Book Review: In Defense of Food

My wife glanced at the cover of Michael Pollan’s new book, “In Defense of Food: An Eater’s Manifesto” (The Penguin Press, $21.95, 256 pages). On it, a head of lettuce is banded (or branded) with the slogan “Eat Food. Not Too Much. Mostly Plants.”

“Why don’t we do that?” she asked.

Pollan’s previous book, “The Omnivore’s Dilemma,” led readers through the levels of American food hell (feedlots, monoculture, McDonald’s drive-throughs, organic produce shipped from Chile). As I made my way through it recently, I shared its ethical challenges with my spouse.

“Then what are we supposed to eat?” she finally asked.

“In Defense of Food” is Pollan’s answer, the needle through which we must squeeze our fatted high-fructose selves to find salvation. But first, how we got here.

“Here” is the end-product of our industrialized Western diet. Cancer, cardiovascular diseases, diabetes and obesity can all be directly linked to “the rise of highly processed foods and refined grains; the use of chemicals to raise plants and animals in huge monocultures; the superabundance of cheap calories of sugar and fat produced by modern agriculture; and the narrowing of the biological diversity of the human diet to a tiny handful of staple crops, notably wheat, corn, and soy,” writes Pollan.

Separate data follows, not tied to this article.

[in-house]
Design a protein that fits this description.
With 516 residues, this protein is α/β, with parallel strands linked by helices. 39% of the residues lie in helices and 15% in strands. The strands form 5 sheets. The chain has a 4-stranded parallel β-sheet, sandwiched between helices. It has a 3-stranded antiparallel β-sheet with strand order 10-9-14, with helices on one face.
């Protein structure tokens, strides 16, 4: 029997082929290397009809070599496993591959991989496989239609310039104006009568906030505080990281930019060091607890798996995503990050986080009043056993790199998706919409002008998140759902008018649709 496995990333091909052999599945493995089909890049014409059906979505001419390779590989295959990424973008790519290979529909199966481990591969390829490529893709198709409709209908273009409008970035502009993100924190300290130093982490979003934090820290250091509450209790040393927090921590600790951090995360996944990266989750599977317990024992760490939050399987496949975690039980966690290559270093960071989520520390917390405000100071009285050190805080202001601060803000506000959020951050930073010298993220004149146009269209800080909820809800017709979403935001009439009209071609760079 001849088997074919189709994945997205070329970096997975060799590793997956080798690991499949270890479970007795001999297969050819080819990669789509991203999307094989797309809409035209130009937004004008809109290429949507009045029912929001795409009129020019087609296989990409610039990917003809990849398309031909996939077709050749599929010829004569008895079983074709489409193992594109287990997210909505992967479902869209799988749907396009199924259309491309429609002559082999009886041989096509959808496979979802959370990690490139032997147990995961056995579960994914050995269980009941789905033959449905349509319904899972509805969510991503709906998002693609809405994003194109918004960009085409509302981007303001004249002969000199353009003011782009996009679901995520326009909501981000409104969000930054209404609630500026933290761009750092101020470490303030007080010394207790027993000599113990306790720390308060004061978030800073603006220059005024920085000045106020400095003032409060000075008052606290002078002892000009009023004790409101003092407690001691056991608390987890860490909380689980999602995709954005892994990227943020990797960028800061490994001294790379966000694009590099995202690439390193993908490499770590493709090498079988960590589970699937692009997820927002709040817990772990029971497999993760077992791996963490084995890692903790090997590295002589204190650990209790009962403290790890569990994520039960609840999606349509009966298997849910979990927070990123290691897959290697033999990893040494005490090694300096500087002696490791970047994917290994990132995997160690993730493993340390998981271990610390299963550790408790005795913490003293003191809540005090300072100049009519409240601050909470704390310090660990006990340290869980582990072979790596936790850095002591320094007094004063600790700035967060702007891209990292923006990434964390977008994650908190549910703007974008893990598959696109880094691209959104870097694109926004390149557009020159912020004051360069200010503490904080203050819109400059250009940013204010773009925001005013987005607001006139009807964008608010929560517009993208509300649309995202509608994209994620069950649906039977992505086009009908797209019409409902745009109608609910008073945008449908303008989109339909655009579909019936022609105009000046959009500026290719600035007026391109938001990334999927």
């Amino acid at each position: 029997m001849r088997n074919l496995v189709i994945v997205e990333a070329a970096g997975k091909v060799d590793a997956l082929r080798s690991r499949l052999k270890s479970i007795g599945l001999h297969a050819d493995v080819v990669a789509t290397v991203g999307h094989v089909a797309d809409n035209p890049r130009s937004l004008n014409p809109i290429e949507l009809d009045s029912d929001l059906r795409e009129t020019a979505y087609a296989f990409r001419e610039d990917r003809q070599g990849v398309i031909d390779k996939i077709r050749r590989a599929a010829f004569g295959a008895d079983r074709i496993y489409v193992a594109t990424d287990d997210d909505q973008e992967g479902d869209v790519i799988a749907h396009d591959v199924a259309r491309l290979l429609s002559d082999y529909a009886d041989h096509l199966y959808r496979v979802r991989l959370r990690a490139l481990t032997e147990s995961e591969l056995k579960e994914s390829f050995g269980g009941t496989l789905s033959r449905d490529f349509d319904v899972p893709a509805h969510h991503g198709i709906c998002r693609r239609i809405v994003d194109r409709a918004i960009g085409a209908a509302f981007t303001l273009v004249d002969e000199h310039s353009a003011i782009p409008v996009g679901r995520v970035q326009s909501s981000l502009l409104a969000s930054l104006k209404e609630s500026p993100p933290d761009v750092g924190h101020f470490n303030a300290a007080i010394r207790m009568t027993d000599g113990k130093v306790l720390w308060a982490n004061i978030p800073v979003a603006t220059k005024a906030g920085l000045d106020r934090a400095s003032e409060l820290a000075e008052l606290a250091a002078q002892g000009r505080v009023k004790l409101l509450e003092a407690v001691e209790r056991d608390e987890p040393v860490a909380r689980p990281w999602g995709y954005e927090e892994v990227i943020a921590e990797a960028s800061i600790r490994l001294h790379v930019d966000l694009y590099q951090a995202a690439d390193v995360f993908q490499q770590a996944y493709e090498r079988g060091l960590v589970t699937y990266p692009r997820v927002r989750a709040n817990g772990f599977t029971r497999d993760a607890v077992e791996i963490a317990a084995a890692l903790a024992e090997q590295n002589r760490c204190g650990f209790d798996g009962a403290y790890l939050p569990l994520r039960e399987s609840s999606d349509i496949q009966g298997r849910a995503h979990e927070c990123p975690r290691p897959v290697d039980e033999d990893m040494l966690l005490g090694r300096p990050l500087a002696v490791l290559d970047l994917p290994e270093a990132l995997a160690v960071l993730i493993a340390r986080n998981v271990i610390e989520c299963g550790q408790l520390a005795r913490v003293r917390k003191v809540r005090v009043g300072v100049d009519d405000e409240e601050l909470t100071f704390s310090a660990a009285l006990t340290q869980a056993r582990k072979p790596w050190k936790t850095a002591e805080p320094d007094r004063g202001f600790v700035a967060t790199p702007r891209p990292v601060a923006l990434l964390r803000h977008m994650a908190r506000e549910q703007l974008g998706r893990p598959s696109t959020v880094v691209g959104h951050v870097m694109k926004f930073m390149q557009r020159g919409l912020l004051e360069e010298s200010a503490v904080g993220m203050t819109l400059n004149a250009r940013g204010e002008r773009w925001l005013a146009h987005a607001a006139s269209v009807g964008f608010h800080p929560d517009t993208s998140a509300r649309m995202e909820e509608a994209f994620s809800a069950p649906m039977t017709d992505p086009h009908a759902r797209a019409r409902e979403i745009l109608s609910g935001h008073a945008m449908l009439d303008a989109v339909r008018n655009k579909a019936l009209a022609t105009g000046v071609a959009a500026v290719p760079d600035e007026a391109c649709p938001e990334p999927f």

Pollan dishes up plenty of blame: the food industry’s $32 billion annual marketing effort; science’s endless nutrient debate, in which the sum of parts never quite equals a whole food diet; the government, with its politically motivated and industry-driven standards; and the journalists who herald every new silver-bullet tonic.

The business of food is adding value to raw ingredients. With the help of farm subsidies, it’s no wonder that two-thirds of our daily caloric intake comes from corn, soy, wheat and rice. Since 1980, Pollan says, sweeteners and added fats have gotten 20 percent cheaper, while fresh fruits and vegetables — products that have, incidentally, lost nutritional value over the past half-century — cost 40 percent more.

And it’s the triumph of misguided food science over food culture that has enabled much of this descent. The belief that the human body’s food needs could be broken down into fats, proteins and carbs, then further broken down into subsets of each, loses sight of the food for the nutrients, says Pollan.

Thirty-five different antioxidants have been identified in thyme. Olive oil improves the body’s use of lycopene in tomatoes. So much of what comes from eating real food, versus food products, takes care of us naturally, without scientific intervention. “You don’t need to fathom a carrot’s complexity in order to reap its benefits,” he writes. And so, the suggestions:

Don’t eat anything your great-grandmother wouldn’t recognize. Avoid products that make health claims. Shop the peripheries of supermarkets, where the real food is, rather than the center aisles. Or skip the grocery and hit the farmers markets. Have a glass of wine. Eat plants, especially the leaves. Spend a little more and eat a little less. Plant a garden. Cook. Eat meals, at a table, together.

Forty years ago, Pollan says, eating this way would have amounted to a crackpot’s manifesto. Today, with the proliferation of fresh, local, real food, we may have excuses — but no excuse.